Here, we report on experiments employing magnetic thin-film samples exhibiting a labyrinth-like network of oppositely-magnetized domains with structure sizes on the nanometre lengthscale. As this lengthscale is also relevant for the diffusion of photo-excited electrons7, changes in the domain spin structure during femtosecond demagnetization can be expected. To achieve the necessary temporal and spatial resolution, our pump-probe experiments were performed at the free-electron laser (FEL) FLASH8,9 delivering intense, ~100 fs long soft X-ray pulses. Previous work combining high temporal and spatial sensitivity was either limited in spatial resolution due to the application of a far-field optical probe5,10,11 or limited to the tens of picosecond time domain due to the picosecond X-ray pulses employed12. In the present study, we are able to detect magnetization changes on lengthscales of a few nanometres with a temporal resolution of 240 fs by analysing the changes in the magnetic scattering signal of the X-ray probe. As a result, the effects of spin diffusion become experimentally accessible in a spatio-temporally matched way. We show that spin diffusion opens a topography-dependent and hence extrinsic channel for ultrafast demagnetization as was predicted in simulations by Battiato et al.7. In contrast to the situation considered in refs 6,7, in our experiments the demagnetization effect solely relies on the proximity of oppositely-magnetized domains without any necessity for chemical or structural inhomogeneity of the sample.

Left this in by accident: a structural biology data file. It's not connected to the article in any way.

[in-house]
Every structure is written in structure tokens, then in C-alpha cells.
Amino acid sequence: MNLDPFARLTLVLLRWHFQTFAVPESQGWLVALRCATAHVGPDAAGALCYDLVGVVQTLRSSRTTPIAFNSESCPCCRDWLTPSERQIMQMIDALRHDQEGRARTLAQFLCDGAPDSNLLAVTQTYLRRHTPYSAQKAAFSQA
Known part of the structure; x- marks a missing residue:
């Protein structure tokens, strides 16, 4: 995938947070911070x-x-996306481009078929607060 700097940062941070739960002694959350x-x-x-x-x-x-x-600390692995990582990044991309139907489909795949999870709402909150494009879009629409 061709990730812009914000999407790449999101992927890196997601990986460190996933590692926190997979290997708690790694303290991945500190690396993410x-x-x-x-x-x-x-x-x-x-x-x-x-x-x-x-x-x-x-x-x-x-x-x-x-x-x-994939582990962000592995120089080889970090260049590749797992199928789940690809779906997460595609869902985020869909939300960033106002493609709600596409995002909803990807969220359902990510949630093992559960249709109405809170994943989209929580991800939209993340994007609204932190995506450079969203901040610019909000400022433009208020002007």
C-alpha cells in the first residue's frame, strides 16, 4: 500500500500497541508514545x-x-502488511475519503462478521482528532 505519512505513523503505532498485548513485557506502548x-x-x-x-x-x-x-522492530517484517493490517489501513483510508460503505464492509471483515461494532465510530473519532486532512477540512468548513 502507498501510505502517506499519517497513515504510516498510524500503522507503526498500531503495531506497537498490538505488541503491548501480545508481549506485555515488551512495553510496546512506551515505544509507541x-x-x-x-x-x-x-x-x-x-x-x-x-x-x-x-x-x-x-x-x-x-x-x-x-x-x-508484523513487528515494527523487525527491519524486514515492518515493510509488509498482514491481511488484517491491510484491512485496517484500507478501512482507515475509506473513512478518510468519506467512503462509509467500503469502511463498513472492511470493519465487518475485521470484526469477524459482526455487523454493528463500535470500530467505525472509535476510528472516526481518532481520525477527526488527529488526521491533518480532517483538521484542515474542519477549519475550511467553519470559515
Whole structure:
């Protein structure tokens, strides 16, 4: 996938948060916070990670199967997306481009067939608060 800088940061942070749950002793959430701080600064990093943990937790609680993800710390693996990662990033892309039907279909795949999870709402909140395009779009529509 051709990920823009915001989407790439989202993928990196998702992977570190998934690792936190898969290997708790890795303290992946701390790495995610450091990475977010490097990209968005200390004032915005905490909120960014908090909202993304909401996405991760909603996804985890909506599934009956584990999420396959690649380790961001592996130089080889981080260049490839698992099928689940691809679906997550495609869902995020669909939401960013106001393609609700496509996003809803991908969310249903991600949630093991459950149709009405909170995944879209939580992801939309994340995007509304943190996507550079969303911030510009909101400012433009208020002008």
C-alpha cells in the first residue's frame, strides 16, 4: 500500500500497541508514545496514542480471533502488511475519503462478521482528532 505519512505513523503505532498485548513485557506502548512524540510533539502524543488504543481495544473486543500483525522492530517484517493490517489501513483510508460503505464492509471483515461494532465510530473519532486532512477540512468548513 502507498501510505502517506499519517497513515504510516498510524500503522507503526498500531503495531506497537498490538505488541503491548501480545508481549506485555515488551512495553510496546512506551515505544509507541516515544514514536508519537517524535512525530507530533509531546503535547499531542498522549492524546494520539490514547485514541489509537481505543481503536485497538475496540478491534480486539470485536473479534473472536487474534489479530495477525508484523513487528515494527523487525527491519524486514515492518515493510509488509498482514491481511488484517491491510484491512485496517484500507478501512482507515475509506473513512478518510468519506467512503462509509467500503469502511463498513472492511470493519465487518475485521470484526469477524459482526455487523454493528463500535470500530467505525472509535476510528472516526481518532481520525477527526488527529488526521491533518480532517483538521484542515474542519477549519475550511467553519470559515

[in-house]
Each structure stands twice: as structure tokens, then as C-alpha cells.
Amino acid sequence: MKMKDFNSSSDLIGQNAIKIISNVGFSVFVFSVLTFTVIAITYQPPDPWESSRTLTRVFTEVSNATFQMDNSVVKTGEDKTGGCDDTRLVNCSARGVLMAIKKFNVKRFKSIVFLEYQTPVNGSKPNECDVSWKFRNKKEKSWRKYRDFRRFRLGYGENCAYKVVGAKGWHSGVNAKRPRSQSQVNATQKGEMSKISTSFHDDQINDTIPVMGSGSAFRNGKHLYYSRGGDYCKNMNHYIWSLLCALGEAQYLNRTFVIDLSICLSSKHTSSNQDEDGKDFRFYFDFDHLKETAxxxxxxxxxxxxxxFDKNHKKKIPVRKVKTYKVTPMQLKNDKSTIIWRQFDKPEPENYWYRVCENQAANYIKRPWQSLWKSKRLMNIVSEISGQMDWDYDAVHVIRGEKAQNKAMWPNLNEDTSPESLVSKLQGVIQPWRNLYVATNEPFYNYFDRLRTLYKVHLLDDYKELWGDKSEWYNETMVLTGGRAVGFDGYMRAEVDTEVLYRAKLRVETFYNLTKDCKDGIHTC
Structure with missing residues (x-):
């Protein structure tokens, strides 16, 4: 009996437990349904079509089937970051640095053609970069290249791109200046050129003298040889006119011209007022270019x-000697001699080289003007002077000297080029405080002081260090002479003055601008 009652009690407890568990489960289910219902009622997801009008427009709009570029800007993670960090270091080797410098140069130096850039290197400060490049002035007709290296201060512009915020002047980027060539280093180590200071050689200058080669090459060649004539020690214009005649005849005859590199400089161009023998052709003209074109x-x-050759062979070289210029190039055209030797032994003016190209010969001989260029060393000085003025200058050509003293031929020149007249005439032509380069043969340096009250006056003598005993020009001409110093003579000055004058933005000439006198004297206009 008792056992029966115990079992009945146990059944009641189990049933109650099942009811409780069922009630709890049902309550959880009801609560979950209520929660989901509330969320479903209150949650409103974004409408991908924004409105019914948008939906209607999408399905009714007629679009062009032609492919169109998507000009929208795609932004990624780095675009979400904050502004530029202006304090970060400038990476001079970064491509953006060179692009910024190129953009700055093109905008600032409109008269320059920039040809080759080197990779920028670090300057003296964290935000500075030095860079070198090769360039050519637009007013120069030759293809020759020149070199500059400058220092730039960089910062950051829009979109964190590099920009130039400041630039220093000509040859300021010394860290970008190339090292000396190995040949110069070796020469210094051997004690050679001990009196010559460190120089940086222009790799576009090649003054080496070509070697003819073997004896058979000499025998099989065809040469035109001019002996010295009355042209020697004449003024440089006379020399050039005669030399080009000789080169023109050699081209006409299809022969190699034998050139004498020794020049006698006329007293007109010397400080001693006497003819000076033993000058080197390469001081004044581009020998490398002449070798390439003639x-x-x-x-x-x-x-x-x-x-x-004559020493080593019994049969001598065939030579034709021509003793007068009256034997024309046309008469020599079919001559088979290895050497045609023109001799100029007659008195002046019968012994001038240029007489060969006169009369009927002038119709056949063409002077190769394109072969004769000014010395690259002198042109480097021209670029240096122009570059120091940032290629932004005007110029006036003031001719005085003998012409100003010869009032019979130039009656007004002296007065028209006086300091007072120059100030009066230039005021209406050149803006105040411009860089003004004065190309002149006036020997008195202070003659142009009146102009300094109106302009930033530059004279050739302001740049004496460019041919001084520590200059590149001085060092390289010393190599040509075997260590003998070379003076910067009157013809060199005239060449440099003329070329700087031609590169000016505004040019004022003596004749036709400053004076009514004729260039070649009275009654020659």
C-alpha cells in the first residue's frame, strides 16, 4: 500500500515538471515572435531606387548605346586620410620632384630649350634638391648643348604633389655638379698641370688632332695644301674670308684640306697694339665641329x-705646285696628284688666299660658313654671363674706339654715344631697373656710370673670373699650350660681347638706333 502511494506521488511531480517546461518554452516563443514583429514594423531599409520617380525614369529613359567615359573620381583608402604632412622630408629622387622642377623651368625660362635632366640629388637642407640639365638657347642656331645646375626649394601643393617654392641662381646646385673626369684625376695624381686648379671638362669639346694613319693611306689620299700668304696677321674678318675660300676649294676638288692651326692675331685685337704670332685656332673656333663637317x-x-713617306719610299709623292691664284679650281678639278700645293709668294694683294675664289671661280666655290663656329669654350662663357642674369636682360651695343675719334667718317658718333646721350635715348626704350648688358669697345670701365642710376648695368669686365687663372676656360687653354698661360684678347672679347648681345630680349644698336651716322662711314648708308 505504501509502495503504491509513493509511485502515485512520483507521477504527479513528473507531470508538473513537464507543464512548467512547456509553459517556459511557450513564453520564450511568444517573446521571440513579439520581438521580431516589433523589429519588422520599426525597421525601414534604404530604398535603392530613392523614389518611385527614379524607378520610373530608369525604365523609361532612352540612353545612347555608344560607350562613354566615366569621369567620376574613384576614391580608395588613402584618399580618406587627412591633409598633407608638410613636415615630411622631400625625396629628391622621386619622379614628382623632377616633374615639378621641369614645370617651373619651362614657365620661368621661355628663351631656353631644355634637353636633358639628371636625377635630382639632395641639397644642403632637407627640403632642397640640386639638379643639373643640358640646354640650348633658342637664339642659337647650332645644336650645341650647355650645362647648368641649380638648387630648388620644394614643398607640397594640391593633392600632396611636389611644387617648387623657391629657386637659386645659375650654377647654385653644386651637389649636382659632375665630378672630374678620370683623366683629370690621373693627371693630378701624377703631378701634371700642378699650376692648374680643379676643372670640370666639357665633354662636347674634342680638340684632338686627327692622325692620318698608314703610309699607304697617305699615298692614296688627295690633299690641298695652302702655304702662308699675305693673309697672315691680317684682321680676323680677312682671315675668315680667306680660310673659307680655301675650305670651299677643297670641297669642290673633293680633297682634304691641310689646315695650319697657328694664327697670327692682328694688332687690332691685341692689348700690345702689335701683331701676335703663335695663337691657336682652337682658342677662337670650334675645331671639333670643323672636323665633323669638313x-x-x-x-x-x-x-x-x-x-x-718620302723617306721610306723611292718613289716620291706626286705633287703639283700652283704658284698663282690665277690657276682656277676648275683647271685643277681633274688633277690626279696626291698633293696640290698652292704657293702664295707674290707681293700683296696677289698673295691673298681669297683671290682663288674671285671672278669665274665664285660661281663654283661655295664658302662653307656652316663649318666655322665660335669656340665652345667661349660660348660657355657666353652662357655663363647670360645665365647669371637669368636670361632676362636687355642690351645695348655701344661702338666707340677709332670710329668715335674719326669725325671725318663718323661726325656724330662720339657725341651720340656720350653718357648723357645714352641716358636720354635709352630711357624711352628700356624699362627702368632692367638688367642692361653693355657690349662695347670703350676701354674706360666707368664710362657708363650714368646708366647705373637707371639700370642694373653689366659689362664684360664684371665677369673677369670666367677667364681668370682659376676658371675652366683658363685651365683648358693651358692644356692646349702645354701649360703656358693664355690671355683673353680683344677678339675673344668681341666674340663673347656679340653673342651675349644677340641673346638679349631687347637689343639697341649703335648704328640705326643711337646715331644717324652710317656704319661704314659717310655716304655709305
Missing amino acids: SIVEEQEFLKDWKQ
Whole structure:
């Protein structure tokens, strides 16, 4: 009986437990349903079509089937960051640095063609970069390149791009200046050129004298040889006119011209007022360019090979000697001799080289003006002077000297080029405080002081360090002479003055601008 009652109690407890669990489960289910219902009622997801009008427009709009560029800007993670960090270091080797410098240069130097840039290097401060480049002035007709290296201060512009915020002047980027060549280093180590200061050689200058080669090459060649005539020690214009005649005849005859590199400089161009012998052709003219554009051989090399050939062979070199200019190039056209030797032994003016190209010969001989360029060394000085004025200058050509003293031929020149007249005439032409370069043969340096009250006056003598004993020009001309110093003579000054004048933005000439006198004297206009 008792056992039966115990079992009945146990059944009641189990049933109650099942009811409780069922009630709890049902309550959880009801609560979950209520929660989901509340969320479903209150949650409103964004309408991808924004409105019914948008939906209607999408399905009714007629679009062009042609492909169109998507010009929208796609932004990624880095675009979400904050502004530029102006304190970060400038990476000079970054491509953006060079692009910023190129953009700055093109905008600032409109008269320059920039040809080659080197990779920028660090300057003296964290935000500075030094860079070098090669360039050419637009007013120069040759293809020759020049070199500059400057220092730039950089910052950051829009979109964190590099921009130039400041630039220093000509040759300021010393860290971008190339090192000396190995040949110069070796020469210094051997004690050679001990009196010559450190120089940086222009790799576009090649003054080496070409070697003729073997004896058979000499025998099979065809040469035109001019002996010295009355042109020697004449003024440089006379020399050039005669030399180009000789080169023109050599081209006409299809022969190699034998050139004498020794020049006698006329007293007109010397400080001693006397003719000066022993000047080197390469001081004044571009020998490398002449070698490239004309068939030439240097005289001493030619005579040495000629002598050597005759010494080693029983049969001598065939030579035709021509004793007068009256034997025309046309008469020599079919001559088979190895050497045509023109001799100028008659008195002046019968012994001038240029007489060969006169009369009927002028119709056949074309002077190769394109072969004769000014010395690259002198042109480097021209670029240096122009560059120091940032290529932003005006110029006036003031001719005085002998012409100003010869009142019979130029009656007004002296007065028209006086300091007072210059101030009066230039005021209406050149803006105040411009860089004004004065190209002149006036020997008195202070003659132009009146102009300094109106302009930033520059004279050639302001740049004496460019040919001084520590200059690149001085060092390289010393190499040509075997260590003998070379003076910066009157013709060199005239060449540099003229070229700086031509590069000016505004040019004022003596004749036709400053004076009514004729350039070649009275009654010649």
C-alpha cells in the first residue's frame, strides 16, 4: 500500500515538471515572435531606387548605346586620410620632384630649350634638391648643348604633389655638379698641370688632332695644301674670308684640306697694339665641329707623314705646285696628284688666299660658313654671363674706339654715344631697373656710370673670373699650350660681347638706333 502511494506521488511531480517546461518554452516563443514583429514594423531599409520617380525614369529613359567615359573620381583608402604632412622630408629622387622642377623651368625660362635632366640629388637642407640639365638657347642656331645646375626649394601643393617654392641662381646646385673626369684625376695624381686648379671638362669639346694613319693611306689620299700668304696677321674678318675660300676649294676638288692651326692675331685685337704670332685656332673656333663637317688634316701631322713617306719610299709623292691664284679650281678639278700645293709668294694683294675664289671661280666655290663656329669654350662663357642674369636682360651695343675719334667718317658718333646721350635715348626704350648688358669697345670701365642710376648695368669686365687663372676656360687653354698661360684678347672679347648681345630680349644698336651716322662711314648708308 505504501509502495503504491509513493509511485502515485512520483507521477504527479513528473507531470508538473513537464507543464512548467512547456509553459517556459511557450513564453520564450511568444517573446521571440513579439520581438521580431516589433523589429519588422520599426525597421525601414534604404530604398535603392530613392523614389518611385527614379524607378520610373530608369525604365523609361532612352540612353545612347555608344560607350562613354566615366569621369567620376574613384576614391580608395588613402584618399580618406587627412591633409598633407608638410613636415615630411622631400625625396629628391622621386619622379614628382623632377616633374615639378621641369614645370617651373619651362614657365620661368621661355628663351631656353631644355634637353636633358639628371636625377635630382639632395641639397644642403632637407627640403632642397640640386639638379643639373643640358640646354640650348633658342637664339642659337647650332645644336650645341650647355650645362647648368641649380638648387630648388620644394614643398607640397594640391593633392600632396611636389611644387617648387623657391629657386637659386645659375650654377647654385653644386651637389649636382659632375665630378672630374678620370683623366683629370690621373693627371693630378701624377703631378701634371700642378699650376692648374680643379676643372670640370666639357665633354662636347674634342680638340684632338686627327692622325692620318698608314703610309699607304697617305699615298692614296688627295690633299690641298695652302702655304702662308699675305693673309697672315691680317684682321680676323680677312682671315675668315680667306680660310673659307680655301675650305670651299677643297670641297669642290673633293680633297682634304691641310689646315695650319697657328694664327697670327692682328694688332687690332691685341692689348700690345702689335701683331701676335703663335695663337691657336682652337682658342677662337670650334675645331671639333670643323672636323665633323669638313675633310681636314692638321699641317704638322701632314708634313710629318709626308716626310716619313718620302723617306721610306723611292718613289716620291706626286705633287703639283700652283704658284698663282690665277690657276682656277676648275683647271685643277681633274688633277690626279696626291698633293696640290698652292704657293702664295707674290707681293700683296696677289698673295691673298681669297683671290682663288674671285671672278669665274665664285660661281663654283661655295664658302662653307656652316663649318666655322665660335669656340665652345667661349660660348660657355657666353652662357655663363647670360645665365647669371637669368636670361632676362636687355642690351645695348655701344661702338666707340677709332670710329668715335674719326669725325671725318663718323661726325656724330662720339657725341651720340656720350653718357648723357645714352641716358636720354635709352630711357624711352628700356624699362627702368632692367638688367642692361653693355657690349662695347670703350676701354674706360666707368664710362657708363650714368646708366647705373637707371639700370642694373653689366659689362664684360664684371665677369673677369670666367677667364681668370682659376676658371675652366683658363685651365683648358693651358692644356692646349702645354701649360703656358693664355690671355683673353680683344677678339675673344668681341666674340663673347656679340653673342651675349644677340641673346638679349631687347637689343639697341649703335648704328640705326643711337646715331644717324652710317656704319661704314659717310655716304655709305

Magnetic small-angle X-ray scattering

We investigate the magnetic response to optical pumping for a lateral labyrinth-domain pattern in a thin-film Co/Pt multilayer sample as shown in Fig. 1a. Because of the strong magnetic interface anisotropy in this system, alternating 'up' and 'down' magnetic domains form in a self-organized manner, with magnetization parallel or antiparallel to the sample normal. Note that the sample is laterally homogeneous with respect to elemental composition, that is, the boundaries between differently magnetized regions are purely magnetic in nature and do not contain spacer layers disrupting the electronic band structure.

Figure 1: Experimental set-up and data evaluation.
Figure 1